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Curr Opin Anaesthesiol. 2006 Oct;19(5):562-5.

State of the art of paracetamol in acute pain therapy.

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  • 1Service d'Anesthésie--Réanimation, Hôpital Tenon, Paris, France.



This review highlights new insights into the mechanism of action of paracetamol (acetaminophen) and therapeutic schemes.


Paracetamol, a centrally acting inhibitor of cyclooxygenases, has weak peripheral effects recently demonstrated. Paracetamol is nevertheless devoid of side effects commonly observed with the use of nonsteroidal anti-inflammatory drugs. Paracetamol is available by the oral, rectal, and, more recently, intravenous routes of administration. Paracetamol efficacy is surgical procedure dependent. The analgesic efficacy of a 2-g starting dose of intravenous paracetamol is superior to the recommended dose of 1 g in terms of magnitude and duration of analgesic effect. The usual scheme of administration (1 g every 6 hours) has a less than 10-mg sparing effect on 24-hour morphine consumption and consequently does not significantly reduce morphine side effects. The combination of nonsteroidal anti-inflammatory drugs and paracetamol is more effective than paracetamol alone, but the benefit is unclear when compared with nonsteroidal anti-inflammatory drugs used alone.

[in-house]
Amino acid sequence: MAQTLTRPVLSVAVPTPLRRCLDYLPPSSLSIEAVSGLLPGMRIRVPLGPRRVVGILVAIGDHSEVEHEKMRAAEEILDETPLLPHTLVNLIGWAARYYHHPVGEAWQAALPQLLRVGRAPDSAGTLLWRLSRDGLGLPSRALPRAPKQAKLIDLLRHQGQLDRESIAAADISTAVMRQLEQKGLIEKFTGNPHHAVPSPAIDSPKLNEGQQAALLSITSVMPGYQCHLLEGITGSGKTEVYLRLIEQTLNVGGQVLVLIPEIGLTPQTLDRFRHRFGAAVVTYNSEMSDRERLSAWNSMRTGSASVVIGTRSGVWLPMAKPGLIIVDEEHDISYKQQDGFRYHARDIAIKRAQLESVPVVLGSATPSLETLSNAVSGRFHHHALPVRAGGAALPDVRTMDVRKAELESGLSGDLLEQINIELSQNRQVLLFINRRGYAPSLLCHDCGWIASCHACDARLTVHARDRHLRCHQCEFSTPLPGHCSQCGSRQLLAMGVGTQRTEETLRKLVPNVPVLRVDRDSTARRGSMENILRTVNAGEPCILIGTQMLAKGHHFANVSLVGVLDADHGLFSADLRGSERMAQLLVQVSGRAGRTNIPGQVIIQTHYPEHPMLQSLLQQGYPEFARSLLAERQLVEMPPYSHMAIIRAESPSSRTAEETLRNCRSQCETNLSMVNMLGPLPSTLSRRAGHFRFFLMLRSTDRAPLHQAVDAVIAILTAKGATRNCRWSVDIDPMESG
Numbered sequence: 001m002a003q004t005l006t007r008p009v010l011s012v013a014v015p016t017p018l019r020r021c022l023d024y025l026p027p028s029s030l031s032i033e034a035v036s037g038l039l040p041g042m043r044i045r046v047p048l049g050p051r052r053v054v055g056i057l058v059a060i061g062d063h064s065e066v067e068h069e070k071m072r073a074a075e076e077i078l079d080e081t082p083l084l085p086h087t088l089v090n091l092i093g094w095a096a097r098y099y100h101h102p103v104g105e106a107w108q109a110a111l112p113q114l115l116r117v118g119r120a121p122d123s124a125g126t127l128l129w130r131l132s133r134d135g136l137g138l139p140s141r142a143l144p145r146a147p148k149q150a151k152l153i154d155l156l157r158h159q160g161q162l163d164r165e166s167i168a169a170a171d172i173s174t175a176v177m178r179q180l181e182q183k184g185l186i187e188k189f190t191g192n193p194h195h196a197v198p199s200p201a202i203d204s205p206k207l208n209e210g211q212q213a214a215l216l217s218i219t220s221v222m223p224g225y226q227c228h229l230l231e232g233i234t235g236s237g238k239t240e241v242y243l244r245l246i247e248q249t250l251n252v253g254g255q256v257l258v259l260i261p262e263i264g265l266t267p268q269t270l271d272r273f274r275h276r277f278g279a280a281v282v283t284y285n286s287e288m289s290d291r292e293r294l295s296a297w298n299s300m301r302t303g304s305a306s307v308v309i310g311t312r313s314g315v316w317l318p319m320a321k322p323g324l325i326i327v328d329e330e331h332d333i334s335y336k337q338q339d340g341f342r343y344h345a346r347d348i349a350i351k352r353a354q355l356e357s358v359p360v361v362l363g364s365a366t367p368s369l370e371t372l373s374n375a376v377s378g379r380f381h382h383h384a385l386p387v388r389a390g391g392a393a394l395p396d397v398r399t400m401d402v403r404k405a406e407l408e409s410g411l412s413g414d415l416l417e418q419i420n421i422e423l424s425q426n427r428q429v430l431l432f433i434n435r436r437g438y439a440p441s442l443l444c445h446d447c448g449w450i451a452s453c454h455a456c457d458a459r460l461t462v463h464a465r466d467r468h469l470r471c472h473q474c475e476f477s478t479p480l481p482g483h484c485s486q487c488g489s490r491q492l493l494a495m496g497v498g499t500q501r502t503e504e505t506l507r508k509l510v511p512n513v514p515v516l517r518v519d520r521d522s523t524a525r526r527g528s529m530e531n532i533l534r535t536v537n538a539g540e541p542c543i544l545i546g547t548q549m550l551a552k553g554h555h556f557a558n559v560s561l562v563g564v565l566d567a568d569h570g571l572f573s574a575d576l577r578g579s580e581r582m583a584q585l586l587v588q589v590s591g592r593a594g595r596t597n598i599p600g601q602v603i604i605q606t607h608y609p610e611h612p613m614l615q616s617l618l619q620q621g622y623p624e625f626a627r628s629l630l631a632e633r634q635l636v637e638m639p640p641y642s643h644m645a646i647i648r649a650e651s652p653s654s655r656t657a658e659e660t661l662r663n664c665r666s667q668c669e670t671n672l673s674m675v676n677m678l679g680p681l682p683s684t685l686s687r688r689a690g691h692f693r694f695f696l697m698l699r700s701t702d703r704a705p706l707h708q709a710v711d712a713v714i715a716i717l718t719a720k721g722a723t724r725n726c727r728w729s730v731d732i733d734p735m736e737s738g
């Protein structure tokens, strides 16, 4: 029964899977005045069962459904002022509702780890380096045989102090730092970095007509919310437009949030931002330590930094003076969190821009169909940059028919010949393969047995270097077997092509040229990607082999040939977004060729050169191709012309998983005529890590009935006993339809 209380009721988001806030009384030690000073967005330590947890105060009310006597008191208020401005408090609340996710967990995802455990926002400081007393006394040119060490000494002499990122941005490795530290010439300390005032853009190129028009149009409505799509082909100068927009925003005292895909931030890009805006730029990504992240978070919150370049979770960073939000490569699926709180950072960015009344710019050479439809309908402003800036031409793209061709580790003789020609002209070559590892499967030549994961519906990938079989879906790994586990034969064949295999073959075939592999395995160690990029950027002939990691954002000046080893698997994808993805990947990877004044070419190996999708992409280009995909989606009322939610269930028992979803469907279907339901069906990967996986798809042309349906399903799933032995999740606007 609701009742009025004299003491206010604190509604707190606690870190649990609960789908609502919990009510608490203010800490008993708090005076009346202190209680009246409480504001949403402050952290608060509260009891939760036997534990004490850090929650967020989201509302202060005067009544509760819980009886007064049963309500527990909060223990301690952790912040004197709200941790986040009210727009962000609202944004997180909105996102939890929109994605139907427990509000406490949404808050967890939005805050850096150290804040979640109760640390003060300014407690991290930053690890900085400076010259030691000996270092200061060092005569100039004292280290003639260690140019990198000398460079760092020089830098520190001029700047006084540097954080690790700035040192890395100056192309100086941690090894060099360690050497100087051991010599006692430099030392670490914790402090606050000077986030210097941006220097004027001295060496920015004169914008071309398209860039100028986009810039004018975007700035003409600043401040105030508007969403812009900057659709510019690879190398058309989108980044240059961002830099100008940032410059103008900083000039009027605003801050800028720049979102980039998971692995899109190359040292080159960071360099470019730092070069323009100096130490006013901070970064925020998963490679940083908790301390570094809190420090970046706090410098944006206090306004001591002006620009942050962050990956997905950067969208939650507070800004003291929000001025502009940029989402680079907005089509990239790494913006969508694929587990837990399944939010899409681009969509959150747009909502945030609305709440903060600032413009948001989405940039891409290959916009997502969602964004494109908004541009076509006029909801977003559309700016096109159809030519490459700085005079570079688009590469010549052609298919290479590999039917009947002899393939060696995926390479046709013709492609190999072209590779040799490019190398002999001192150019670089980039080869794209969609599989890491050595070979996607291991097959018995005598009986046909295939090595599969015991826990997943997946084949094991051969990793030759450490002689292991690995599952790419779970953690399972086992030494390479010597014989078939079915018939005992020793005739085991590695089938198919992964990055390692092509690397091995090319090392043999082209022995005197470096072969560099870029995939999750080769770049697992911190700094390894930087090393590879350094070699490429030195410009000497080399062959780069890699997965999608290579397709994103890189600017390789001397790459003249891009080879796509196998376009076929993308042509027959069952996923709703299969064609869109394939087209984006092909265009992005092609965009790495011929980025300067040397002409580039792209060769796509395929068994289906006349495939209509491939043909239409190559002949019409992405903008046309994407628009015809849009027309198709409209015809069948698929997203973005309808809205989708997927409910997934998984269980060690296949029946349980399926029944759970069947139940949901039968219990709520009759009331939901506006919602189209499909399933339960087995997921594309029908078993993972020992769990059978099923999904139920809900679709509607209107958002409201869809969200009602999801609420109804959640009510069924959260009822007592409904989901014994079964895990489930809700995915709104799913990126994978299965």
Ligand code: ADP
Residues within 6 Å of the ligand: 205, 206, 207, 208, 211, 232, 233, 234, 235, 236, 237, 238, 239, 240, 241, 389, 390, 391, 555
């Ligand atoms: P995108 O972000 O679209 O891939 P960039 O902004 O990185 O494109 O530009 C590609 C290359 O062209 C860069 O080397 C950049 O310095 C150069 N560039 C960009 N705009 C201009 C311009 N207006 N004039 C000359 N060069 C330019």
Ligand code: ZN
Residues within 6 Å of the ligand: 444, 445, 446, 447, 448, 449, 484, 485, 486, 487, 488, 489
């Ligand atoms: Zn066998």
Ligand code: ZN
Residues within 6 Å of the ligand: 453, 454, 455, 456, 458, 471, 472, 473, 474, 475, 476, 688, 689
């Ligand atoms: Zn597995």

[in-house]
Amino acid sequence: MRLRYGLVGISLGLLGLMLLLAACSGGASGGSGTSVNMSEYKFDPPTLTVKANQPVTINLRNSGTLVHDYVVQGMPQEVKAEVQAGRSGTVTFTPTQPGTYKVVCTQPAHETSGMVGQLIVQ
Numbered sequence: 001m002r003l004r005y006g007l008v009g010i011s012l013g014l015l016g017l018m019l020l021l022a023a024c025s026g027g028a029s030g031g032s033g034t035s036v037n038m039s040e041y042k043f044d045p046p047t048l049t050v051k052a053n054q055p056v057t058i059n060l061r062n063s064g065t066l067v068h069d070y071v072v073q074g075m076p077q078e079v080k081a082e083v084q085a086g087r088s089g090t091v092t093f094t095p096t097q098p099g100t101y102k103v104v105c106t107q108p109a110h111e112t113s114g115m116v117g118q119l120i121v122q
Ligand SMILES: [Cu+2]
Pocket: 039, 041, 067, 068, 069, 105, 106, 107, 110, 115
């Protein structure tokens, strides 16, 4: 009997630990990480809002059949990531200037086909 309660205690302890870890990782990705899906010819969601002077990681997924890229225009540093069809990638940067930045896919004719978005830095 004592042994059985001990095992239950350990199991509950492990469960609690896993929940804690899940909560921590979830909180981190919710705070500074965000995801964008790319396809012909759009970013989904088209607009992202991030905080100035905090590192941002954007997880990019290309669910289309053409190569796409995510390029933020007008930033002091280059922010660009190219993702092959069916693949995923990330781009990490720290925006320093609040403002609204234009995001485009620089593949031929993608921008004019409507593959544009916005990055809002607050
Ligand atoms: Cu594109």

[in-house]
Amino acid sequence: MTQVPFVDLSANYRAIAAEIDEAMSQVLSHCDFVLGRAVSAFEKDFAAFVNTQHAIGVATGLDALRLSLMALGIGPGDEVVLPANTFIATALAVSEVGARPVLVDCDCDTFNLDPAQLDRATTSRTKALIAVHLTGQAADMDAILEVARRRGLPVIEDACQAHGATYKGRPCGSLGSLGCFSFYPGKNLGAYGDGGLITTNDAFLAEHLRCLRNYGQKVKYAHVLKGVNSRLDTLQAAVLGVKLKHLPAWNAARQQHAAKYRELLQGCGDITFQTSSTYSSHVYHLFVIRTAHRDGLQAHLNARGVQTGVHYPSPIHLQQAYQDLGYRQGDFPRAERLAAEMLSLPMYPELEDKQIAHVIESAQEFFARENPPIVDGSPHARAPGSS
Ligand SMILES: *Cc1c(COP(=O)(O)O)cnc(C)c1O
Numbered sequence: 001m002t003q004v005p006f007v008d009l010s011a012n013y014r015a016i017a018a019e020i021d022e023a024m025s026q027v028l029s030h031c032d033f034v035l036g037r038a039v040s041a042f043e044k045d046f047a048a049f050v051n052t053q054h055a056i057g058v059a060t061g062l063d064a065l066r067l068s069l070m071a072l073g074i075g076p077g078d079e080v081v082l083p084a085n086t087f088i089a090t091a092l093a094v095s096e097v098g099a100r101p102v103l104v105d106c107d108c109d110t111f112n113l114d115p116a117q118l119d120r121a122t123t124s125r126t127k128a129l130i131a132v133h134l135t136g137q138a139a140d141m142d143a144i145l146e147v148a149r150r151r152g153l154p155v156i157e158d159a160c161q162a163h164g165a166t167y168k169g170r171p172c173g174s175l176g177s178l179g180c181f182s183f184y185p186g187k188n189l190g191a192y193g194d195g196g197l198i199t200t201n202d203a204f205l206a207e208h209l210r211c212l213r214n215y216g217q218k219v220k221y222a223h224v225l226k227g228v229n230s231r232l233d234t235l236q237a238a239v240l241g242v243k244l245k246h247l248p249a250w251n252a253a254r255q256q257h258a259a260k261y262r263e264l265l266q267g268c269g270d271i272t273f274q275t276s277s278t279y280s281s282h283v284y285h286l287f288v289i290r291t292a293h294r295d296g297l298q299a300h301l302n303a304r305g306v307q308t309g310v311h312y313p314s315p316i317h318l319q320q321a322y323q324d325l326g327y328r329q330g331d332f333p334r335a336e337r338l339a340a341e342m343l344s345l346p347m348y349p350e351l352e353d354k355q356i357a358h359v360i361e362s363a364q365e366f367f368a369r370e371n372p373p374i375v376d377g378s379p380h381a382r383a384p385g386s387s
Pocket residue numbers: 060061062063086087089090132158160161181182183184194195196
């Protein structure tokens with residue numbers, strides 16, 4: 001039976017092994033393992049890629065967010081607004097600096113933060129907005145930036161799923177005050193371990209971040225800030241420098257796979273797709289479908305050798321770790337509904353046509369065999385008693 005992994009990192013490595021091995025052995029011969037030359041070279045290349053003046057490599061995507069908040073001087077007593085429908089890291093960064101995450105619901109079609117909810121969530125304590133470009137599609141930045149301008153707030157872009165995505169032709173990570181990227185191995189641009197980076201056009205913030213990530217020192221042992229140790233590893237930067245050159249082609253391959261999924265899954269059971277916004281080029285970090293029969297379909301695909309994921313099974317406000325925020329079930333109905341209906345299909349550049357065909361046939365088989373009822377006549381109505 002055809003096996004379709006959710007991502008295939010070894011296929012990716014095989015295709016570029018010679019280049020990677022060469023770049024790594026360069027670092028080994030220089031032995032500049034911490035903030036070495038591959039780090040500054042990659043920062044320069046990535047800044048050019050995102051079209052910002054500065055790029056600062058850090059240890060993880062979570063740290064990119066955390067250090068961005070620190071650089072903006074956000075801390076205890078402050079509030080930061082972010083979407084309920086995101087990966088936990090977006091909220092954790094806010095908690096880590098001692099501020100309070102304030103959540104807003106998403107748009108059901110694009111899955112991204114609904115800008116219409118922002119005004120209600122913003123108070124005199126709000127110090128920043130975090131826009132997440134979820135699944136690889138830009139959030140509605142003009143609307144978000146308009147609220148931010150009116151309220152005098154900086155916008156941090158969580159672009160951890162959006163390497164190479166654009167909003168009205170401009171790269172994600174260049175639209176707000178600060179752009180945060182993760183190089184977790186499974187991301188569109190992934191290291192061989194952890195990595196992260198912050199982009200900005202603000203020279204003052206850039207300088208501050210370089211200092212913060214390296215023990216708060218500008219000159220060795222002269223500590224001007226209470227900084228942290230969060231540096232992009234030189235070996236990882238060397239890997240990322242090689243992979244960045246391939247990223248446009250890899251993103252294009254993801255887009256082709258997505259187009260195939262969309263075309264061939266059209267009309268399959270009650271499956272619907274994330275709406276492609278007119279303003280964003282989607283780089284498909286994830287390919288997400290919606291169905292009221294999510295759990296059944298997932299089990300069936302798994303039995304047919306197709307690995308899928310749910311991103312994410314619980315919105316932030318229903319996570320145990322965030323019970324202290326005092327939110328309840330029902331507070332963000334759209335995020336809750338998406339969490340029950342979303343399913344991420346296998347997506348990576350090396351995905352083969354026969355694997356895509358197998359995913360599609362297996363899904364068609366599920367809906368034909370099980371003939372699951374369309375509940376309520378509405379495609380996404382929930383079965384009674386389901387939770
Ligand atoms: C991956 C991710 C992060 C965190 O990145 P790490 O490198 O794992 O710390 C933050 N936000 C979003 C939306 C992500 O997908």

Further studies are required to assess the opioid-sparing effect and complementary analgesic effect of new intravenous paracetamol therapeutic schemes.

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